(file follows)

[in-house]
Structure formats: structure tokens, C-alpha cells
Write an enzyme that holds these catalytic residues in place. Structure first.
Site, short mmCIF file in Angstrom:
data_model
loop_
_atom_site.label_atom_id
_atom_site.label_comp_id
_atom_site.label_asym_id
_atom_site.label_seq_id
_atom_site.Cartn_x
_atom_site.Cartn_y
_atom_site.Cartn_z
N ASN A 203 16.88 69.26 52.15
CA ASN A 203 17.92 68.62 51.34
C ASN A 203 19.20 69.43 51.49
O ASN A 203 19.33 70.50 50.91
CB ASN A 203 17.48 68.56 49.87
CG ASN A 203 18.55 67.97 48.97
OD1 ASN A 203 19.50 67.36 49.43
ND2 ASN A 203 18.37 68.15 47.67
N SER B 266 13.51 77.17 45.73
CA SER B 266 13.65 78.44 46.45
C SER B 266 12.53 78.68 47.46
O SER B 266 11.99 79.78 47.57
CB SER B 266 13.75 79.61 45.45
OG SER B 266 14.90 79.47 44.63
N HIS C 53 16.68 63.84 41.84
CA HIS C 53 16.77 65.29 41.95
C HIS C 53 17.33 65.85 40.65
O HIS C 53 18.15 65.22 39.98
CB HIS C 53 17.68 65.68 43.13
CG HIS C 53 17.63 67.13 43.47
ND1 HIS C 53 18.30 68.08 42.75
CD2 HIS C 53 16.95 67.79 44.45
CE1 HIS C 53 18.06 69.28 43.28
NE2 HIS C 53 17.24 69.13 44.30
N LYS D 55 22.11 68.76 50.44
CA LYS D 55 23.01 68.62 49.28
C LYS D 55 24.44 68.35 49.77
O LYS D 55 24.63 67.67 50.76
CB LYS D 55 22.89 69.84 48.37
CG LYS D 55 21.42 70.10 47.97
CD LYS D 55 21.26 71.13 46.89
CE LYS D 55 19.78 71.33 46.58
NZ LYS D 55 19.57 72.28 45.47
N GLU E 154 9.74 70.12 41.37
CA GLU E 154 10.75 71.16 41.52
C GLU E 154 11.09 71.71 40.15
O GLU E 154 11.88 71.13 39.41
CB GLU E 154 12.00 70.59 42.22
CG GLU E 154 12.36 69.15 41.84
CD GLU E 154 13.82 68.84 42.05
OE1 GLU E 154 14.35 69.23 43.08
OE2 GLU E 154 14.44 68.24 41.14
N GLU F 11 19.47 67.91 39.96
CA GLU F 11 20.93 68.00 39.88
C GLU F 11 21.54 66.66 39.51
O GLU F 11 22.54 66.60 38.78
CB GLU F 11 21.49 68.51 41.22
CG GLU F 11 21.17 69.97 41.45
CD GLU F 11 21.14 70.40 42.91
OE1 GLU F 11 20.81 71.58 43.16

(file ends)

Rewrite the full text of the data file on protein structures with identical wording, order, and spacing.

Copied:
[in-house]
Structure formats: structure tokens, C-alpha cells
Write an enzyme that holds these catalytic residues in place. Structure first.
Site, short mmCIF file in Angstrom:
data_model
loop_
_atom_site.label_atom_id
_atom_site.label_comp_id
_atom_site.label_asym_id
_atom_site.label_seq_id
_atom_site.Cartn_x
_atom_site.Cartn_y
_atom_site.Cartn_z
N ASN A 203 16.88 69.26 52.15
CA ASN A 203 17.92 68.62 51.34
C ASN A 203 19.20 69.43 51.49
O ASN A 203 19.33 70.50 50.91
CB ASN A 203 17.48 68.56 49.87
CG ASN A 203 18.55 67.97 48.97
OD1 ASN A 203 19.50 67.36 49.43
ND2 ASN A 203 18.37 68.15 47.67
N SER B 266 13.51 77.17 45.73
CA SER B 266 13.65 78.44 46.45
C SER B 266 12.53 78.68 47.46
O SER B 266 11.99 79.78 47.57
CB SER B 266 13.75 79.61 45.45
OG SER B 266 14.90 79.47 44.63
N HIS C 53 16.68 63.84 41.84
CA HIS C 53 16.77 65.29 41.95
C HIS C 53 17.33 65.85 40.65
O HIS C 53 18.15 65.22 39.98
CB HIS C 53 17.68 65.68 43.13
CG HIS C 53 17.63 67.13 43.47
ND1 HIS C 53 18.30 68.08 42.75
CD2 HIS C 53 16.95 67.79 44.45
CE1 HIS C 53 18.06 69.28 43.28
NE2 HIS C 53 17.24 69.13 44.30
N LYS D 55 22.11 68.76 50.44
CA LYS D 55 23.01 68.62 49.28
C LYS D 55 24.44 68.35 49.77
O LYS D 55 24.63 67.67 50.76
CB LYS D 55 22.89 69.84 48.37
CG LYS D 55 21.42 70.10 47.97
CD LYS D 55 21.26 71.13 46.89
CE LYS D 55 19.78 71.33 46.58
NZ LYS D 55 19.57 72.28 45.47
N GLU E 154 9.74 70.12 41.37
CA GLU E 154 10.75 71.16 41.52
C GLU E 154 11.09 71.71 40.15
O GLU E 154 11.88 71.13 39.41
CB GLU E 154 12.00 70.59 42.22
CG GLU E 154 12.36 69.15 41.84
CD GLU E 154 13.82 68.84 42.05
OE1 GLU E 154 14.35 69.23 43.08
OE2 GLU E 154 14.44 68.24 41.14
N GLU F 11 19.47 67.91 39.96
CA GLU F 11 20.93 68.00 39.88
C GLU F 11 21.54 66.66 39.51
O GLU F 11 22.54 66.60 38.78
CB GLU F 11 21.49 68.51 41.22
CG GLU F 11 21.17 69.97 41.45
CD GLU F 11 21.14 70.40 42.91
OE1 GLU F 11 20.81 71.58 43.16